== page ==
Deborah AmosDeborah Amos covers the Middle East for NPR News. Her reports can be heard on NPR's award-winning Morning Edition, All Things Considered and Weekend Edition.
Syrian refugees are pictured at Kilis refugee camp in Gaziantep, Turkey, on Nov. 1. An estimated 150,000 Syrians are reported to be living in the Turkish border town.
An Islamist rebel group in Aleppo called "the Authority for the Promotion of Virtue and Supporting the Oppressed" reviews applications for aid on Feb. 25. In addition to handing out aid, the Islamist group says it is carrying out civilian administration in parts of Aleppo.
Ahmad "Harvester" Heidar is a computer software engineer whose work for the Syrian rebels includes sweeping the hard drives of detained anti-government activists, and trying to develop a robot that will help extract sniper victims in Syria. Turkish officials have given Heidar the green light to develop a prototype of his robot, which he calls Tina.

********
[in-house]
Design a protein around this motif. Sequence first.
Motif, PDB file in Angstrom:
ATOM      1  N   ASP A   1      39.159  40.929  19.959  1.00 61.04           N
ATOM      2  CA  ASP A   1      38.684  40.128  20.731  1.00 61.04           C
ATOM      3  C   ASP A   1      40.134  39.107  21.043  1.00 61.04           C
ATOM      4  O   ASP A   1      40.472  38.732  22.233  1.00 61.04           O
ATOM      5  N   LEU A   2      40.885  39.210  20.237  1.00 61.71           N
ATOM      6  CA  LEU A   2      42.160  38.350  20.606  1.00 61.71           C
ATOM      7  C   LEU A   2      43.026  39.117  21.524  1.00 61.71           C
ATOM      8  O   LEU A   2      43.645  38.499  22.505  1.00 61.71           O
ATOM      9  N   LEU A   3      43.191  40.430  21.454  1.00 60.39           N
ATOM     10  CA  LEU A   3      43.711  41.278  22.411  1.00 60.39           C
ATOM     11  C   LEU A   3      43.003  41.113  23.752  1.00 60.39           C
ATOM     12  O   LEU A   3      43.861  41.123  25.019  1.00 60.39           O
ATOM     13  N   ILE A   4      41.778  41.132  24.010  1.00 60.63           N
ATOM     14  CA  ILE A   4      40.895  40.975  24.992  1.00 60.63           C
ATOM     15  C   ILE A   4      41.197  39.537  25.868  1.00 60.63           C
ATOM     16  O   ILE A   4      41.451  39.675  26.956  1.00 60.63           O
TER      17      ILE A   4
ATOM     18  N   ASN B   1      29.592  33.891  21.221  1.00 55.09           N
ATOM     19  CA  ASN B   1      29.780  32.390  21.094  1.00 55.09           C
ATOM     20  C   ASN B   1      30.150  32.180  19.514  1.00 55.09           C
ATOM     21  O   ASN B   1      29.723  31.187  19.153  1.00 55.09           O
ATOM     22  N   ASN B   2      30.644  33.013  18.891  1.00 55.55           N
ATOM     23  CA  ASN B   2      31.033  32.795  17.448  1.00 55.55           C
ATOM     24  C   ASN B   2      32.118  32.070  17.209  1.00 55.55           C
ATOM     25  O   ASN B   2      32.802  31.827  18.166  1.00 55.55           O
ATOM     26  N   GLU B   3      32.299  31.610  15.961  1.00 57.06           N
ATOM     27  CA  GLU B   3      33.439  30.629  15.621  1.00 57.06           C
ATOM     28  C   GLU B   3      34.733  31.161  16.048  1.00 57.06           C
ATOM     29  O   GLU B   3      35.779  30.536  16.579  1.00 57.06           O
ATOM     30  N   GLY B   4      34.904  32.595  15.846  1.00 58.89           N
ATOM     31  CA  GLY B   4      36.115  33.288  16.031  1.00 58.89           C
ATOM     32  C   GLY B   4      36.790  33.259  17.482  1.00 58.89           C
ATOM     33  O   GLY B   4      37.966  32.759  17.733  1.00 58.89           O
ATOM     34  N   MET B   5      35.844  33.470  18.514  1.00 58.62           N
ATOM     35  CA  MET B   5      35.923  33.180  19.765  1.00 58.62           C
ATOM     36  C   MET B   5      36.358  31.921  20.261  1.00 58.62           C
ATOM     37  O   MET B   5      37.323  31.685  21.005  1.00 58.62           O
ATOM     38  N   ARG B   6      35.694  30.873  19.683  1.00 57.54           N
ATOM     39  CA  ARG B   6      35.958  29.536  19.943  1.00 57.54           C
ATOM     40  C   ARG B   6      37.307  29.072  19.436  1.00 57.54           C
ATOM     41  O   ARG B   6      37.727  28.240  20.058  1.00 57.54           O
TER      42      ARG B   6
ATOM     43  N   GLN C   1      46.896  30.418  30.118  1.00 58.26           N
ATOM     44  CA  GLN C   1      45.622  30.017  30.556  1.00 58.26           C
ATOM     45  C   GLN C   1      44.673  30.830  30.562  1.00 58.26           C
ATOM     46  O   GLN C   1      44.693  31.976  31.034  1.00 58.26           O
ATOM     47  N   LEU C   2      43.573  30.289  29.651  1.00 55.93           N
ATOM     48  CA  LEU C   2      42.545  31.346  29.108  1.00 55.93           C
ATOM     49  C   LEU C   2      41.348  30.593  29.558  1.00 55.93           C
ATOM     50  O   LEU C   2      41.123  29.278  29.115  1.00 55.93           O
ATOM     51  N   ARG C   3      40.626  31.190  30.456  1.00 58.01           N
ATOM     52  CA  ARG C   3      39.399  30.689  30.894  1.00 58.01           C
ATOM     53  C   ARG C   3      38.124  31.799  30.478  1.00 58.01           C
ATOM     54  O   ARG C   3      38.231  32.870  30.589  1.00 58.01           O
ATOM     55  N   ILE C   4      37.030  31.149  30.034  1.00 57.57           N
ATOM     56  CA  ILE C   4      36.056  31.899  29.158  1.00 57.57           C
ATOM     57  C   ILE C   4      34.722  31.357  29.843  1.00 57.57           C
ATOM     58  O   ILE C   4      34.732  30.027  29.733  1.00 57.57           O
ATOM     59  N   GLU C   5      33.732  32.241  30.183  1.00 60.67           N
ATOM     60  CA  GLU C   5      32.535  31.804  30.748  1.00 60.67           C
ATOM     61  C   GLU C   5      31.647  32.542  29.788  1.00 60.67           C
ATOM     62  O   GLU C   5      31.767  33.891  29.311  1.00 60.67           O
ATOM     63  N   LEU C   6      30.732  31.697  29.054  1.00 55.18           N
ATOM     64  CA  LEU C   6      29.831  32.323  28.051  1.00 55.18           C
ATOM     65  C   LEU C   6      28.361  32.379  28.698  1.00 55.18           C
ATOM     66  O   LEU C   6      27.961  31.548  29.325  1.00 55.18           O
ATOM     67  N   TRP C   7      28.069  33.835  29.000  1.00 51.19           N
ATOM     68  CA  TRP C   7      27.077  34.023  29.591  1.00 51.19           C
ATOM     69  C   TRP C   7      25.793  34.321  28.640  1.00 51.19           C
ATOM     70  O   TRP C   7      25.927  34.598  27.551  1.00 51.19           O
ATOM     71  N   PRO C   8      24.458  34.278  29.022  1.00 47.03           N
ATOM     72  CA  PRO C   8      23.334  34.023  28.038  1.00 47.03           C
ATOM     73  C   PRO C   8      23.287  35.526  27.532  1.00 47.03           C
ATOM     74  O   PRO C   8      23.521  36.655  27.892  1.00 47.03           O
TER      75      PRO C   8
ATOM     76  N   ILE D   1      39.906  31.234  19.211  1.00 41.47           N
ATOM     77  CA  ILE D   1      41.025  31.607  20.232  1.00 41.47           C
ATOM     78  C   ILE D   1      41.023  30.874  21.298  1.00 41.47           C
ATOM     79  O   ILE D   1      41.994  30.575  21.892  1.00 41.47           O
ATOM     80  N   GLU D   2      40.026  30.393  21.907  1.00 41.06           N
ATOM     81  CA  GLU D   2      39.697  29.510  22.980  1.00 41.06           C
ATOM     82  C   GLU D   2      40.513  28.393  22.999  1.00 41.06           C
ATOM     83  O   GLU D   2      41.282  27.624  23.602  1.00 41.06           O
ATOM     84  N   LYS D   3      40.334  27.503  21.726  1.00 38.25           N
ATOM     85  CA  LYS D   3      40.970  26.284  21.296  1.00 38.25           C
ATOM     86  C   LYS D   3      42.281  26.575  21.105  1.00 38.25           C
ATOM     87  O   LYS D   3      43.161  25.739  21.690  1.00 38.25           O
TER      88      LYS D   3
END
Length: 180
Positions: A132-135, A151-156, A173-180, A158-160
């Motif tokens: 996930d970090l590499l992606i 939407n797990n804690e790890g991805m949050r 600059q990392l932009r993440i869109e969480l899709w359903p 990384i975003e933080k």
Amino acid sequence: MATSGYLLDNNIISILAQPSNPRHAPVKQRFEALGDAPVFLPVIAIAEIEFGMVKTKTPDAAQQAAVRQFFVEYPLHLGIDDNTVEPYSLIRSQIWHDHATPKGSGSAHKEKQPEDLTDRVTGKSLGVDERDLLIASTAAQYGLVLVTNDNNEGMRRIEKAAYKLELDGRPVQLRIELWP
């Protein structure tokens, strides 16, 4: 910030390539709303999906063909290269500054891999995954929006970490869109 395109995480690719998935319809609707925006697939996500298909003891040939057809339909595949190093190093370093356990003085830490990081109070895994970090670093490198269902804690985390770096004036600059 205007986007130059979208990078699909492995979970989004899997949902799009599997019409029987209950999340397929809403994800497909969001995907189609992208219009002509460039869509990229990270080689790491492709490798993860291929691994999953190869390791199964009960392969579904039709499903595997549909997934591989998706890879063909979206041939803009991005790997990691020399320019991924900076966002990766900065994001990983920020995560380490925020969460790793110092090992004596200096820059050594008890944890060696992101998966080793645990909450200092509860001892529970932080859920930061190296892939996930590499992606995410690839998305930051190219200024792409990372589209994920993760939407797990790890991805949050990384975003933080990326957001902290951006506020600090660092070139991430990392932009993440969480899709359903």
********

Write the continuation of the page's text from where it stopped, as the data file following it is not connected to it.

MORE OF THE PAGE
Jodi Hilton for NPR
Syrians carry a large revolution flag and chant slogans during a protest in Aleppo, Syria, where young people and children sang songs against President Bashar Assad and the Syrian regime, Dec. 21, 2012.
Virginie Nguyen Hoang/AP
Syrian rebels celebrate in a street in the northeastern Syrian city of Raqqah after capturing the provincial capital on March 4. The government has responded with air strikes, creating a new wave of refugees.
Mohammad Al-Hussein /AFP/Getty Images
As Aleppo residents in the Tariq al-Bab district recover from this week's attack by Syrian regime forces, delegates from the city are in Turkey holding an election for local officials.
Secular demonstrators, shown at a protest march this month in Aleppo, wave the old Syrian flag (green, white, black and red) that has become the symbol of their opposition movement.
Aamir Qureshi/AFP/Getty Images
Syrian people wait at a customs gate at the Turkey-Syria border near Reyhanli, Turkey, last week. Hundreds of thousands of people are fleeing central Syria, heading to southern Turkey.